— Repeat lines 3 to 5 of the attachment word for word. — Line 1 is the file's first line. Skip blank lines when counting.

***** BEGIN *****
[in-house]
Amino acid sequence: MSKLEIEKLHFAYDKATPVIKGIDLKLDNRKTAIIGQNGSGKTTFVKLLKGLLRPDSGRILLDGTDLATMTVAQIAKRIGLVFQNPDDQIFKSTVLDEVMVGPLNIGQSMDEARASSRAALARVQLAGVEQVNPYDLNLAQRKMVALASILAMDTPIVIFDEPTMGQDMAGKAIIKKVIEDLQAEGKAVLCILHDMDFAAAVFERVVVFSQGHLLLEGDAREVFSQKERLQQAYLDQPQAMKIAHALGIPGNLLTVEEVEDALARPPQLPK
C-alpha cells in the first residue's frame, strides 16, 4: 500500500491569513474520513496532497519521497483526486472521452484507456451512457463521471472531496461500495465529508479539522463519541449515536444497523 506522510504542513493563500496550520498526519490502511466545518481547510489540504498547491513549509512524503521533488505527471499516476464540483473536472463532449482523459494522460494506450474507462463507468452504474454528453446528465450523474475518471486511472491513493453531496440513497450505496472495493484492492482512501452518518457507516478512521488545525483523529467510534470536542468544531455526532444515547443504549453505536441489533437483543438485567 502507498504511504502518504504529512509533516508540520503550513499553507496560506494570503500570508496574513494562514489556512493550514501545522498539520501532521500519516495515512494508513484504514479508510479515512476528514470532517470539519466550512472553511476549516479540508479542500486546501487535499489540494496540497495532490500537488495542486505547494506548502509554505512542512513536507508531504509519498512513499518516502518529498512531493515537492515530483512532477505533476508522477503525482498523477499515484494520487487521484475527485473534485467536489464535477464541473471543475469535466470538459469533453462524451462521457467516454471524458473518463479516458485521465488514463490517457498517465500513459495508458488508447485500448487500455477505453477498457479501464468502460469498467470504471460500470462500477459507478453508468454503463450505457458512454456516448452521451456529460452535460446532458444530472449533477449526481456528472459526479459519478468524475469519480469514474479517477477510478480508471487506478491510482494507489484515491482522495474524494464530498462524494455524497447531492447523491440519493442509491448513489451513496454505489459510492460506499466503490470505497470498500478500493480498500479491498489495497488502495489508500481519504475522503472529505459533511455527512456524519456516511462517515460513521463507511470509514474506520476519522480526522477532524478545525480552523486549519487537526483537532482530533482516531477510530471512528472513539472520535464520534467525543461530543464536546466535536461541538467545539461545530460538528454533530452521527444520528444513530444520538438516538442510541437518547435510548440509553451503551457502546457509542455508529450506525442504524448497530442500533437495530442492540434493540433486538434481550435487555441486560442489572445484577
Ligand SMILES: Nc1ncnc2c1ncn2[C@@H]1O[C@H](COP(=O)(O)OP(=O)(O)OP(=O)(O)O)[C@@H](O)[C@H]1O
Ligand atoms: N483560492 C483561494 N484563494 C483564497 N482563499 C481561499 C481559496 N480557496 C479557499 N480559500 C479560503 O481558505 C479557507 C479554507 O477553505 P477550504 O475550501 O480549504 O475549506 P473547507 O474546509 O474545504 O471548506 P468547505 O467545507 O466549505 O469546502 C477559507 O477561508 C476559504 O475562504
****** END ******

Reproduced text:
C-alpha cells in the first residue's frame, strides 16, 4: 500500500491569513474520513496532497519521497483526486472521452484507456451512457463521471472531496461500495465529508479539522463519541449515536444497523 506522510504542513493563500496550520498526519490502511466545518481547510489540504498547491513549509512524503521533488505527471499516476464540483473536472463532449482523459494522460494506450474507462463507468452504474454528453446528465450523474475518471486511472491513493453531496440513497450505496472495493484492492482512501452518518457507516478512521488545525483523529467510534470536542468544531455526532444515547443504549453505536441489533437483543438485567 502507498504511504502518504504529512509533516508540520503550513499553507496560506494570503500570508496574513494562514489556512493550514501545522498539520501532521500519516495515512494508513484504514479508510479515512476528514470532517470539519466550512472553511476549516479540508479542500486546501487535499489540494496540497495532490500537488495542486505547494506548502509554505512542512513536507508531504509519498512513499518516502518529498512531493515537492515530483512532477505533476508522477503525482498523477499515484494520487487521484475527485473534485467536489464535477464541473471543475469535466470538459469533453462524451462521457467516454471524458473518463479516458485521465488514463490517457498517465500513459495508458488508447485500448487500455477505453477498457479501464468502460469498467470504471460500470462500477459507478453508468454503463450505457458512454456516448452521451456529460452535460446532458444530472449533477449526481456528472459526479459519478468524475469519480469514474479517477477510478480508471487506478491510482494507489484515491482522495474524494464530498462524494455524497447531492447523491440519493442509491448513489451513496454505489459510492460506499466503490470505497470498500478500493480498500479491498489495497488502495489508500481519504475522503472529505459533511455527512456524519456516511462517515460513521463507511470509514474506520476519522480526522477532524478545525480552523486549519487537526483537532482530533482516531477510530471512528472513539472520535464520534467525543461530543464536546466535536461541538467545539461545530460538528454533530452521527444520528444513530444520538438516538442510541437518547435510548440509553451503551457502546457509542455508529450506525442504524448497530442500533437495530442492540434493540433486538434481550435487555441486560442489572445484577
Ligand SMILES: Nc1ncnc2c1ncn2[C@@H]1O[C@H](COP(=O)(O)OP(=O)(O)OP(=O)(O)O)[C@@H](O)[C@H]1O
Ligand atoms: N483560492 C483561494 N484563494 C483564497 N482563499 C481561499 C481559496 N480557496 C479557499 N480559500 C479560503 O481558505 C479557507 C479554507 O477553505 P477550504 O475550501 O480549504 O475549506 P473547507 O474546509 O474545504 O471548506 P468547505 O467545507 O466549505 O469546502 C477559507 O477561508 C476559504 O475562504